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The cinematic supremo of the country has been re-inventing and challenging the phenomenal actor in him, so much so that filmmakers like R. Balki (Shamitabh) and Shoojit Sircar (Piku) have been writing screenplays just meant for him. The year saw three such films featuring him, namely Bejoy Nambiar's 'Wazir,' Ribhu Dasgupta's 'Te3n' and Aniruddha Roy Chowdhury's 'Pink'.

While he delivered superlative performances in all three, particularly stirring were his acts as the distressed grandfather in 'Te3n' and the bipolar lawyer seeking justice in 'Pink'. Though the latter, saw the actor win unprecedented acclaim from critics and audiences alike, much like the film itself, it was his very real, very underplayed performance in 'Te3n,' that wins the cake. His emotional gash was the audience's own, so was his vendetta. The film one of Bachchan's very few under-appreciated performances, easily worthy to be crowned amongst his best three yet, if not the best itself.

Manoj Bajpayee (Aligarh):

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Manoj Bajpayee's acting credentials have never been questioned, having ruled the Indian arthouse diaspora for the longest time, alongside peers like Irrfan Khan. However, not being one to take it easy, the actor portrayed the unsolicitedly disgraced homosexual professor Ramchadra Siras of the Aligarh university, in Hansal Mehta's 'Aligarh'. So measured, nuanced and sombrely heart-breaking was his performance, that one couldn't be blamed for being fooled into believing the pain and melancholy being presented on-screen wasn't the actor's very own.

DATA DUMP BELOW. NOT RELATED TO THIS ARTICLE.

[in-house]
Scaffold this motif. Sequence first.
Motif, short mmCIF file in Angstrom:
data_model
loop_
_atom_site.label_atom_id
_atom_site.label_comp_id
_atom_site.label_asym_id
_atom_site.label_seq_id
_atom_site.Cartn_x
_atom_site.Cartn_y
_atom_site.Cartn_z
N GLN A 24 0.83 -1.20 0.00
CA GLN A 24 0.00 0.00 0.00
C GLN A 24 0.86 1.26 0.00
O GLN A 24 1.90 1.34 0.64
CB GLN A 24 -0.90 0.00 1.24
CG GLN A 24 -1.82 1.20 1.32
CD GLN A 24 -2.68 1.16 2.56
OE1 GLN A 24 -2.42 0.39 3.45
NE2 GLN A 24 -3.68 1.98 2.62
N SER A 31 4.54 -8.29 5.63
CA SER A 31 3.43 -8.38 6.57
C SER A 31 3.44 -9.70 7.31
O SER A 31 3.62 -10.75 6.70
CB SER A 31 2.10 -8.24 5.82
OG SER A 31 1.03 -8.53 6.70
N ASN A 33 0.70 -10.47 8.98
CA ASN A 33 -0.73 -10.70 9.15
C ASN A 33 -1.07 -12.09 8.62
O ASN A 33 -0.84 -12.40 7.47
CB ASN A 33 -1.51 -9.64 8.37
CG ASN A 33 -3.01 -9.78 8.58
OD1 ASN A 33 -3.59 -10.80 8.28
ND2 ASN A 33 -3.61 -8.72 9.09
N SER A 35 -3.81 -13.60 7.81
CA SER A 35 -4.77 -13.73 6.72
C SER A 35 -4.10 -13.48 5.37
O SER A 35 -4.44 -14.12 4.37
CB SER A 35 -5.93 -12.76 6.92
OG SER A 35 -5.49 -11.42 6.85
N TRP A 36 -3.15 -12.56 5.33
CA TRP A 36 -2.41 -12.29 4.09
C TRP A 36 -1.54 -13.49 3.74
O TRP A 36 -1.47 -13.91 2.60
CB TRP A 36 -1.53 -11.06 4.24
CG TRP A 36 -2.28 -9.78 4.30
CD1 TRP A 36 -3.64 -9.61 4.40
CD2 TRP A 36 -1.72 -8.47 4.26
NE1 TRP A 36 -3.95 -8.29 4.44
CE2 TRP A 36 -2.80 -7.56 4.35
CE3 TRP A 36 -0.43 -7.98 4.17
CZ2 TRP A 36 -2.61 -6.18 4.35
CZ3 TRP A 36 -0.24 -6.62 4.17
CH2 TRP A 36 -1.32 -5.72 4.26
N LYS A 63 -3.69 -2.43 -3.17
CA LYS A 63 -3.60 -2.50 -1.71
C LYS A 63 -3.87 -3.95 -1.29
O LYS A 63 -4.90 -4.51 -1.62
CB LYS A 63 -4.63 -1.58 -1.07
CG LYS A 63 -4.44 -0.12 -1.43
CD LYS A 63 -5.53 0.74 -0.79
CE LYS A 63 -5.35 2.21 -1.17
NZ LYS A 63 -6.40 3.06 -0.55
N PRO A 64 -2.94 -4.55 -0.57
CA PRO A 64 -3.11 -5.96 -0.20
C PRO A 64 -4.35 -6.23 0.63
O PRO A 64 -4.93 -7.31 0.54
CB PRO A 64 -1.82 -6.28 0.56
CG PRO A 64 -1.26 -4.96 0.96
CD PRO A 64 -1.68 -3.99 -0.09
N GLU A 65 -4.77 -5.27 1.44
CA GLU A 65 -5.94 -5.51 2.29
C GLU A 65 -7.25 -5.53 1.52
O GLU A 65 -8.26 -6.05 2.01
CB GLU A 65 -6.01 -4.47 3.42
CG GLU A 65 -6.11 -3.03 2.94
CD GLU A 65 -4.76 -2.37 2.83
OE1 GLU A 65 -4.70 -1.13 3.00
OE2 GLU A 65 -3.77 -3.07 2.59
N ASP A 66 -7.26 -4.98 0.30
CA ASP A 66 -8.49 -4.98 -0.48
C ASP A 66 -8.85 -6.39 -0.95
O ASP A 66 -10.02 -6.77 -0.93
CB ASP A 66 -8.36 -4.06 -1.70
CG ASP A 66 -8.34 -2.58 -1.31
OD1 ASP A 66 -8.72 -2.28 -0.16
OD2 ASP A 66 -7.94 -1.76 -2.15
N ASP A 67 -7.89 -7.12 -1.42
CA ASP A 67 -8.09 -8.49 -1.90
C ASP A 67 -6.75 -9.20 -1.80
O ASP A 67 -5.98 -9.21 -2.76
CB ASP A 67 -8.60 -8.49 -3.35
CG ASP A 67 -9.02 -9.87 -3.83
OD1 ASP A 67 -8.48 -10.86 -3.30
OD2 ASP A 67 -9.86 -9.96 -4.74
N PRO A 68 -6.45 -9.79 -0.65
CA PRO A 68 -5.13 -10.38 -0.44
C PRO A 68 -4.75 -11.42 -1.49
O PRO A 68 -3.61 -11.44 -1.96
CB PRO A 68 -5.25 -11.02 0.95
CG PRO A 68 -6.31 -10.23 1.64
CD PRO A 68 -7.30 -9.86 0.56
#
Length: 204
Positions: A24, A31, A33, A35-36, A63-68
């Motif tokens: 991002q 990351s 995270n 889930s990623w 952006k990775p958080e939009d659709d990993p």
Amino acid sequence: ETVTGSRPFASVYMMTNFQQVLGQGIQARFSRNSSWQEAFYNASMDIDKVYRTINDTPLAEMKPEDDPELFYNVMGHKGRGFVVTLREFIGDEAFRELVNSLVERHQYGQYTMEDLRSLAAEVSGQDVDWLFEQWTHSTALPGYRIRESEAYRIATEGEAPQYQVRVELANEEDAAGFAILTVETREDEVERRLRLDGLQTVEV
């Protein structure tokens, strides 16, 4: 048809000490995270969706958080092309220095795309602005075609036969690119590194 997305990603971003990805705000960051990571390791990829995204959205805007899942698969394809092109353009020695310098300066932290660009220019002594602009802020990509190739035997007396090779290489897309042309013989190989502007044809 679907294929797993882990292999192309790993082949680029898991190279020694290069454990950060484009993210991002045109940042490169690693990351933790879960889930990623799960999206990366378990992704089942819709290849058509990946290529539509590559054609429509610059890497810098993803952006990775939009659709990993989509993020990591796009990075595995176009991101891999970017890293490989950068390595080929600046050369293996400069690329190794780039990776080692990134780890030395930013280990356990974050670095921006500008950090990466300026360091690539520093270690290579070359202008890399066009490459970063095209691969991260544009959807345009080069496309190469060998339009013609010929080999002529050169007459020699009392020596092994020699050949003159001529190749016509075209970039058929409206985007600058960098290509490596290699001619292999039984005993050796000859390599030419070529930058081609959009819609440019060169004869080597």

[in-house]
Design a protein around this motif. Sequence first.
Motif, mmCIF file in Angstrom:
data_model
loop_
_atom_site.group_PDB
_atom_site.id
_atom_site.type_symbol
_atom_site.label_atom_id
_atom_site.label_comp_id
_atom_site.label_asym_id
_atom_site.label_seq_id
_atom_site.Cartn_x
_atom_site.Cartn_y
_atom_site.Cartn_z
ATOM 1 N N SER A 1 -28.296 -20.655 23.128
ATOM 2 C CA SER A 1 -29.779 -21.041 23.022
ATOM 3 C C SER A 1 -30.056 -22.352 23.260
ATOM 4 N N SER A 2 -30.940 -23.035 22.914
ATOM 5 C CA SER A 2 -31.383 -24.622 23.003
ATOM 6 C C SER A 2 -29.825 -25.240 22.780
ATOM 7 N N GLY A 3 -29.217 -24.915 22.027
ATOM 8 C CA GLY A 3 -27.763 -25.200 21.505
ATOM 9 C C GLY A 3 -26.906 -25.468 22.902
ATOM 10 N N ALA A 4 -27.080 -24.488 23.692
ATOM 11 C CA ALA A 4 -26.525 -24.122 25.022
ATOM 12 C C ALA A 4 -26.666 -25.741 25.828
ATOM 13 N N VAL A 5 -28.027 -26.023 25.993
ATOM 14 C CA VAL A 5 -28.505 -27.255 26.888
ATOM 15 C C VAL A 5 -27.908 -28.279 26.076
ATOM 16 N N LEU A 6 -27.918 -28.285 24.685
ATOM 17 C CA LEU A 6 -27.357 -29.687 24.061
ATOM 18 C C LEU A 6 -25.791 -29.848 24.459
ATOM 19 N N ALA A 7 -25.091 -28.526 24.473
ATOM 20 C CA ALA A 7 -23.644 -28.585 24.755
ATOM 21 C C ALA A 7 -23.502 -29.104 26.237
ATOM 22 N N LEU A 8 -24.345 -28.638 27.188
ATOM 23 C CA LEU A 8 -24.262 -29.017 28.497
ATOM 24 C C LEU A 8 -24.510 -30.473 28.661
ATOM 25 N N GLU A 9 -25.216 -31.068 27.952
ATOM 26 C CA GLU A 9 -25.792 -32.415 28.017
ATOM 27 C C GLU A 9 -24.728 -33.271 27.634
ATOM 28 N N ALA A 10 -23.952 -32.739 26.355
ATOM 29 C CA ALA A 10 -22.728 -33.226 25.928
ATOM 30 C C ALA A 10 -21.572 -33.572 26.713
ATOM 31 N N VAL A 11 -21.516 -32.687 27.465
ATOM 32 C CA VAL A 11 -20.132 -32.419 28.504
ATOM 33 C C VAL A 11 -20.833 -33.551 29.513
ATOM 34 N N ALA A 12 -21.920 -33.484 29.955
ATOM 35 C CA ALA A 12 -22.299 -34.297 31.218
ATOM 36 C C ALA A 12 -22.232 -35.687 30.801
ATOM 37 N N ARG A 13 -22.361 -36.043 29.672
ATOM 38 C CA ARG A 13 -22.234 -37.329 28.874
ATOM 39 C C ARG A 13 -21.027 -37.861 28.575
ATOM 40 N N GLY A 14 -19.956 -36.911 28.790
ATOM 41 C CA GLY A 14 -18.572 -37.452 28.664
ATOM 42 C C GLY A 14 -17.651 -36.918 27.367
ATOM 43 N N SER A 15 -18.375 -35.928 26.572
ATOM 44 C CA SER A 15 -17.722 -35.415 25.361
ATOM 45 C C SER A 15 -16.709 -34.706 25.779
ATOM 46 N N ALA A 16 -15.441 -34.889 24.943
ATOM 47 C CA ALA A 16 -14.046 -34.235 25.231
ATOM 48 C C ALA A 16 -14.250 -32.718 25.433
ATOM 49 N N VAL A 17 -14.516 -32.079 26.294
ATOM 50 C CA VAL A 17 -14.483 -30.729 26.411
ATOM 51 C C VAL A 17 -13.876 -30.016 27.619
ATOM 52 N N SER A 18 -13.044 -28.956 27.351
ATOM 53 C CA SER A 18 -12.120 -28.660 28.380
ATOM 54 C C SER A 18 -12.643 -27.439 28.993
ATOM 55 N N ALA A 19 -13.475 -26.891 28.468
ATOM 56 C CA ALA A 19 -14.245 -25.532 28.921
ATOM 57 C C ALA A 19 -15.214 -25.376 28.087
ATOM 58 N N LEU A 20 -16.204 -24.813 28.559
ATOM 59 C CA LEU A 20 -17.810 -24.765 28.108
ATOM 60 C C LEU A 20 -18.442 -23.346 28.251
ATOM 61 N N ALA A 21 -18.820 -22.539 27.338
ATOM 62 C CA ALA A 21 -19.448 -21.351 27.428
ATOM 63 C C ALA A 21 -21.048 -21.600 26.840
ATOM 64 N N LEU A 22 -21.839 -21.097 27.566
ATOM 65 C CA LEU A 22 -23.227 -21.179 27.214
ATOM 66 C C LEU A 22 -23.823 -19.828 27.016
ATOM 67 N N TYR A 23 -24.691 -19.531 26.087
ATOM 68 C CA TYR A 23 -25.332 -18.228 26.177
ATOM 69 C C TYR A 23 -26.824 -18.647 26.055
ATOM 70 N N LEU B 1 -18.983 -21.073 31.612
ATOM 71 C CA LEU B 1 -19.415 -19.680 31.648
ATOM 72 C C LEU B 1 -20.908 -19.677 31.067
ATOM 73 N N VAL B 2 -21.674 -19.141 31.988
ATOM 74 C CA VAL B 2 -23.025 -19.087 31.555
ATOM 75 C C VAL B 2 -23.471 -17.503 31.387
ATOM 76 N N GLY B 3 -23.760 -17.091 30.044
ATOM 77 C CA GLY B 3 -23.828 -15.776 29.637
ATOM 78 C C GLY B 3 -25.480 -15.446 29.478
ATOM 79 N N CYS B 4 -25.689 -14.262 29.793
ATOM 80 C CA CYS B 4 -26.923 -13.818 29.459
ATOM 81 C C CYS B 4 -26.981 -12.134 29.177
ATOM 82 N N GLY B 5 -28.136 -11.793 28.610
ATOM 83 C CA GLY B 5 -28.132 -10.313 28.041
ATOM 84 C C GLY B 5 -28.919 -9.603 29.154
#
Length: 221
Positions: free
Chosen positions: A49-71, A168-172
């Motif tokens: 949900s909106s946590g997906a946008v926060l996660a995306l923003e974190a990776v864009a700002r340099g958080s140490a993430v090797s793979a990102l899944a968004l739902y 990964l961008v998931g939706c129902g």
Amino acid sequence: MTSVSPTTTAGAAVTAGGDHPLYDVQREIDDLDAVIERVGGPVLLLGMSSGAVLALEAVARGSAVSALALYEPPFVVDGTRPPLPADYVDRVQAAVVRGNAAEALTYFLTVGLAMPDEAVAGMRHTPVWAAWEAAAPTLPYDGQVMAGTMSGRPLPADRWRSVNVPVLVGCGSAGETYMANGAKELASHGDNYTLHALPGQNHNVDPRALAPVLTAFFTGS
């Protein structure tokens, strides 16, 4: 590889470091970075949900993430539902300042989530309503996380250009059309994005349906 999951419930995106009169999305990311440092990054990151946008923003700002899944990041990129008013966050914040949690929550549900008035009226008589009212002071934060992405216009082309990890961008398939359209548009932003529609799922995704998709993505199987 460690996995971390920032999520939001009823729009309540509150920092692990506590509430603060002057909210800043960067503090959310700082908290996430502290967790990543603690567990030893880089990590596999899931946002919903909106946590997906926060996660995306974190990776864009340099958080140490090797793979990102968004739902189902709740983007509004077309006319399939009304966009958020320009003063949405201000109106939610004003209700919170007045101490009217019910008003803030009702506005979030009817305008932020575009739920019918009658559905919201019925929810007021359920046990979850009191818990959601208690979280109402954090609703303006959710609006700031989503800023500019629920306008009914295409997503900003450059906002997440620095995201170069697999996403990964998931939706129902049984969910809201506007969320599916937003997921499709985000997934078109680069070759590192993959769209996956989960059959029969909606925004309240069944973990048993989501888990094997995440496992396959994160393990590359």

Shah Rukh Khan (Fan/Dear Zindagi):

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The King of Bollywood had come under a lot of scrutiny and widespread criticism for his recent choice of films (Read Chennai Express, Happy New Year, Dilwale), with most skeptics writing him off for his apparent irreverence of the audience's legitimate expectations. But then came Maneesh Sharma's 'Fan,' a film which was inherently constructed to challenge the actor in him. The film, albeit with its flaws, brought back the actor in Shah Rukh Khan to such thriving life, that we were able to distinguish the superstar on reel and the superstar that he is, despite the two having been written in congruence. However, it was the actor's sociopathically vengeful 'fan' act that really pushed the realm, with SRK delivering, inarguably his career-best, though tragically under-appreciated. With time, the performance might get its well-deserved due.